Personal tools
 
Views

Argument: A nuclear abolition treaty is feasible with worldwide unanimity

From Debatepedia

(Difference between revisions)
Jump to: navigation, search
Revision as of 08:18, 13 February 2008 (edit)
Brooks Lindsay (Talk | contribs)

← Previous diff
Current revision (18:29, 15 June 2010) (edit)
Lenkahabetinova (Talk | contribs)
(Parent debate)
 
Line 1: Line 1:
==Parent debate== ==Parent debate==
-*[[Debate:Nuclear Weapons, Abolition of]]+*[[Debate: Abolition of nuclear weapons]]
- +
==Supporting evidence== ==Supporting evidence==
*[http://archive.peacemagazine.org/v13n4p08a.htm Frederick N. Mattis. "Nine Points For Abolishing Nuclear Weapons". July/August 1997] - "A treaty banning nuclear weapons is feasible and fair to all states if based on the following principles: *[http://archive.peacemagazine.org/v13n4p08a.htm Frederick N. Mattis. "Nine Points For Abolishing Nuclear Weapons". July/August 1997] - "A treaty banning nuclear weapons is feasible and fair to all states if based on the following principles:

Current revision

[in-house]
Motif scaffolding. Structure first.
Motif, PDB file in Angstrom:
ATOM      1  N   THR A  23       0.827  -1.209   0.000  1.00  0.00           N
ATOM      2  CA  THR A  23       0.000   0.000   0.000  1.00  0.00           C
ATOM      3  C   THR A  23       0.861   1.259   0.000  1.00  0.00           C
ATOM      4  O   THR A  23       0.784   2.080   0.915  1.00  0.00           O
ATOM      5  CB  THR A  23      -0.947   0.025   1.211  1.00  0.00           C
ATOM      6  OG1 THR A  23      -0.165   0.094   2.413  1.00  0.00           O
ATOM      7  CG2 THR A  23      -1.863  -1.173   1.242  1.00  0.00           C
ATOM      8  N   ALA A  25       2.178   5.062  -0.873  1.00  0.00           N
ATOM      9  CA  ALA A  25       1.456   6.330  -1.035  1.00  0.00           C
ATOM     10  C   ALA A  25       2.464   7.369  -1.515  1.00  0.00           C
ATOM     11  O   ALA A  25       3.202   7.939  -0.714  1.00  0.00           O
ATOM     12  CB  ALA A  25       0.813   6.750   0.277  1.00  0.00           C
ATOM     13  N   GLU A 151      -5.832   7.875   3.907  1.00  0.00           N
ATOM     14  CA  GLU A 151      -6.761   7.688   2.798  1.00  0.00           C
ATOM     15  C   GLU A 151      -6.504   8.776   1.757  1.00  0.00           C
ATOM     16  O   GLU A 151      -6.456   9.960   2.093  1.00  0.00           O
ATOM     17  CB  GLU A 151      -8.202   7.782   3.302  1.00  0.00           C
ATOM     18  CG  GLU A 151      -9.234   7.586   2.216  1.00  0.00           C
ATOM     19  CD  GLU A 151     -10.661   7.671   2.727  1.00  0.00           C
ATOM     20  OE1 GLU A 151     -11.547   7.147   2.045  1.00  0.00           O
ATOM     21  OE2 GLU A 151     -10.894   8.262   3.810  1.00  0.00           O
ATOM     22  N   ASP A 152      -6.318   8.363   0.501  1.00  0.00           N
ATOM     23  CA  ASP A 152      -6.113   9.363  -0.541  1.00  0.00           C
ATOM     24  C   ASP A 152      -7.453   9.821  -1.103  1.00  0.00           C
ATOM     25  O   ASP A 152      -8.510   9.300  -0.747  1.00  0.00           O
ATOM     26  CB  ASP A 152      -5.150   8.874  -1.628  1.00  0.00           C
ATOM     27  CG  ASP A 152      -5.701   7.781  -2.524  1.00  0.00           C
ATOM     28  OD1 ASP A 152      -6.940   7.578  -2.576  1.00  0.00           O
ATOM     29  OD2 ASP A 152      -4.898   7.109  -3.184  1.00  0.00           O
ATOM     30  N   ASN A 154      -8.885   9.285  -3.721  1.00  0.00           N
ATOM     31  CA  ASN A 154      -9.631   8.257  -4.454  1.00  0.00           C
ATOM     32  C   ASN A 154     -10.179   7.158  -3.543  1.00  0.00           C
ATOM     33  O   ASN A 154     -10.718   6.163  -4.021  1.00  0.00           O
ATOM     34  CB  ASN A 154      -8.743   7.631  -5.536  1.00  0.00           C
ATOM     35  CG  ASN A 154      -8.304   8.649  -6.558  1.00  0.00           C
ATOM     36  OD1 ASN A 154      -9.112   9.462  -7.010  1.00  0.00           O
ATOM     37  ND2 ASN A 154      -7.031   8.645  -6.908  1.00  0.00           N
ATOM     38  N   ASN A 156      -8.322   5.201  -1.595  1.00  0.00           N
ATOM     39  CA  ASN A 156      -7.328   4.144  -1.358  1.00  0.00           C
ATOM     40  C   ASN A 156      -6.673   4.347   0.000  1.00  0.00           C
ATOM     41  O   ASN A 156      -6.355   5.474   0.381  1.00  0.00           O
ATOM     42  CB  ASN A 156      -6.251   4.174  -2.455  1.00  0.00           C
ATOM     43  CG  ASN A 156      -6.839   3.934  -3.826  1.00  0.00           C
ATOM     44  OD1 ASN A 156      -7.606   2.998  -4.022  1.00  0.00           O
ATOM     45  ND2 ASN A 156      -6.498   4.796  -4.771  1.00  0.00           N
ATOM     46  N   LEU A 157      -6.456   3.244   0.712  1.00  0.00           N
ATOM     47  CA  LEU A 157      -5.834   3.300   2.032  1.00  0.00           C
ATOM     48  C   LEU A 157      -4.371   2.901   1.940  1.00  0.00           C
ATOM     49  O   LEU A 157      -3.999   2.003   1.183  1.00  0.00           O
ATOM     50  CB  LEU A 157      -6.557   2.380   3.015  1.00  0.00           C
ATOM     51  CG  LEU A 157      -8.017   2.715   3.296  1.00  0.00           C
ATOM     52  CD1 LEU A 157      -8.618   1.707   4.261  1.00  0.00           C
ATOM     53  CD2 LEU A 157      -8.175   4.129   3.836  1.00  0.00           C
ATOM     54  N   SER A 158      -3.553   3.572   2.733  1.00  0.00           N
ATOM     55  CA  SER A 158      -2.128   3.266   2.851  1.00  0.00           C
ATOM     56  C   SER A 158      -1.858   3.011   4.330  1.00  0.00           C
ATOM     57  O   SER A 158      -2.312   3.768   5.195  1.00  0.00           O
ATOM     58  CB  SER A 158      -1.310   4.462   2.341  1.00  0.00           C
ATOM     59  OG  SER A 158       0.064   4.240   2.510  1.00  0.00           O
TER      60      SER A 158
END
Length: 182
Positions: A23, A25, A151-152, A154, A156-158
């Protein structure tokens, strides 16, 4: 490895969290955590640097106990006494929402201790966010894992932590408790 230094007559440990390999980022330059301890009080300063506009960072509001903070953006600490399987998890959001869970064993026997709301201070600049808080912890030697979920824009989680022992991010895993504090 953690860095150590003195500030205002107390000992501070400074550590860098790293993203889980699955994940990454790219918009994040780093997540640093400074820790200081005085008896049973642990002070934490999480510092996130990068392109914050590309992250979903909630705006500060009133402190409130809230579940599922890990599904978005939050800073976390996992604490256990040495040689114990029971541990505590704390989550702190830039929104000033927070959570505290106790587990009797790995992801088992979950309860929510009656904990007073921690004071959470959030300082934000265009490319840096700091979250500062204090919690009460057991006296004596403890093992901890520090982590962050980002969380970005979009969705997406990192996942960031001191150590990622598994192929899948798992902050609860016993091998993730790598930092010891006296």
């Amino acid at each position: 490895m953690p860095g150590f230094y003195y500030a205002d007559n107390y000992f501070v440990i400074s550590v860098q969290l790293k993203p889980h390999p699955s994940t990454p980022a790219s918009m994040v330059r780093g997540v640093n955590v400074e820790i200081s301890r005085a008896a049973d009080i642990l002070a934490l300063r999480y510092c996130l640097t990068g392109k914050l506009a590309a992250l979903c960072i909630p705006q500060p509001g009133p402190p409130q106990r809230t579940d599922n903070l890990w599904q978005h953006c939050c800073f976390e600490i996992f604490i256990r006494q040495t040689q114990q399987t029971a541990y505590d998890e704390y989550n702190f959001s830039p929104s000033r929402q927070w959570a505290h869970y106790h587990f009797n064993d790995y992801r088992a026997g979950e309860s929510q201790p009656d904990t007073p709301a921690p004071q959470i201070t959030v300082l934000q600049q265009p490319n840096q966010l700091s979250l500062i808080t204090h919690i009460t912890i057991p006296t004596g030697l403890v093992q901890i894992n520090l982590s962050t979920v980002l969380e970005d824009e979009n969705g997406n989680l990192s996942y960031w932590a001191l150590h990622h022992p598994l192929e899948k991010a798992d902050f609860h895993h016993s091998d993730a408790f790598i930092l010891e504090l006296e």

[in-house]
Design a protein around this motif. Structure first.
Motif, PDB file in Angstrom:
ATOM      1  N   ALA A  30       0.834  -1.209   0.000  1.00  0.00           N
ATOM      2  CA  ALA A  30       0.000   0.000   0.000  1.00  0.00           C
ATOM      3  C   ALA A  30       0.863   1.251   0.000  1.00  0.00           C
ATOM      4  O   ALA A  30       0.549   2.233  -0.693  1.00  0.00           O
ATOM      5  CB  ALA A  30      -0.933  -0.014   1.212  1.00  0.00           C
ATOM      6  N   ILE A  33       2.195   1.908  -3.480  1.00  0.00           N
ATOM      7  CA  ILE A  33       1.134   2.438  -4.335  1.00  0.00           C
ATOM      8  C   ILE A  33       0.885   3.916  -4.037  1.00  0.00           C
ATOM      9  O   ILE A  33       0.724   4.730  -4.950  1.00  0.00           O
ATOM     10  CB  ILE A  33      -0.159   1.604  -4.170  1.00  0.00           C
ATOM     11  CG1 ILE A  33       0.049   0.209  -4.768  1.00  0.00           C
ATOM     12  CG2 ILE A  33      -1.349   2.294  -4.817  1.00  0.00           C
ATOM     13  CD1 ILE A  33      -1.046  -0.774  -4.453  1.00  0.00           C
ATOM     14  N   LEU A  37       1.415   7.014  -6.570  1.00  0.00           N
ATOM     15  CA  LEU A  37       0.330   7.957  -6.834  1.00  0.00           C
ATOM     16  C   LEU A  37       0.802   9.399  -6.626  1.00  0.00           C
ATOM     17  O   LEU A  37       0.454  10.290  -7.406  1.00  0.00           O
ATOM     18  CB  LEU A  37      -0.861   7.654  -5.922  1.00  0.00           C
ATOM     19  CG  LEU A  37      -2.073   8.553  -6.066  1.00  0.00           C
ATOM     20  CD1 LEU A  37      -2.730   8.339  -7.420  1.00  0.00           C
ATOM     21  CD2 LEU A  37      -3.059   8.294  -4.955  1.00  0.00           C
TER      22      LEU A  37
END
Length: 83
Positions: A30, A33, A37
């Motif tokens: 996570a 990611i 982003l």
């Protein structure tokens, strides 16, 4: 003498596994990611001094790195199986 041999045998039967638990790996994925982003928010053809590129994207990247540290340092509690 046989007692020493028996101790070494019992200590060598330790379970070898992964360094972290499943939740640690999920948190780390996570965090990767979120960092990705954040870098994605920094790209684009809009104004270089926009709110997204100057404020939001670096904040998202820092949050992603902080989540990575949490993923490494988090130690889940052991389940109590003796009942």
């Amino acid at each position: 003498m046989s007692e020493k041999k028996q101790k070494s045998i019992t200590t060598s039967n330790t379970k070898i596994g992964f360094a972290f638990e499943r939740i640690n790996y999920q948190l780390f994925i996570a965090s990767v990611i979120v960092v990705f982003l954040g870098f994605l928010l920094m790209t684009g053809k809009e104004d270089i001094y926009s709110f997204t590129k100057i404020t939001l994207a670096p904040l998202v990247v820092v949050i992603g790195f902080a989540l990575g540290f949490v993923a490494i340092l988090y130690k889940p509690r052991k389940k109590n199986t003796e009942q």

Parent debate

Supporting evidence

1. The treaty would have to be unanimous before entering into force, because neither the U.S. nor the other declared nuclear weapon states will agree to relinquish and renounce nuclear weapons unless all other states do so also. Unless unanimity is required, a treaty banning nuclear weapons would largely duplicate the current NPT, which has over 170 non-nuclear signatories. Arms control treaties in general have not required unanimity, but unanimity is necessary before entry into force of a nuclear ban treaty and reductions-to-zero of warheads.
The Vienna Convention on the Law of Treaties purports that treaty signatories should not flout the intent of treaties while awaiting their entry into force. Since a worldwide nuclear ban treaty would have to go into effect for all states simultaneously, such a treaty would have the following provision: 'Notwithstanding the Vienna Convention on the Law of Treaties, States party to this treaty have no obligations whatsoever under this treaty until it enters into force six months after all States have become ratifies signatories and deposited their instruments of accession.'"

Problem with the site? 

Tweet a bug on bugtwits
.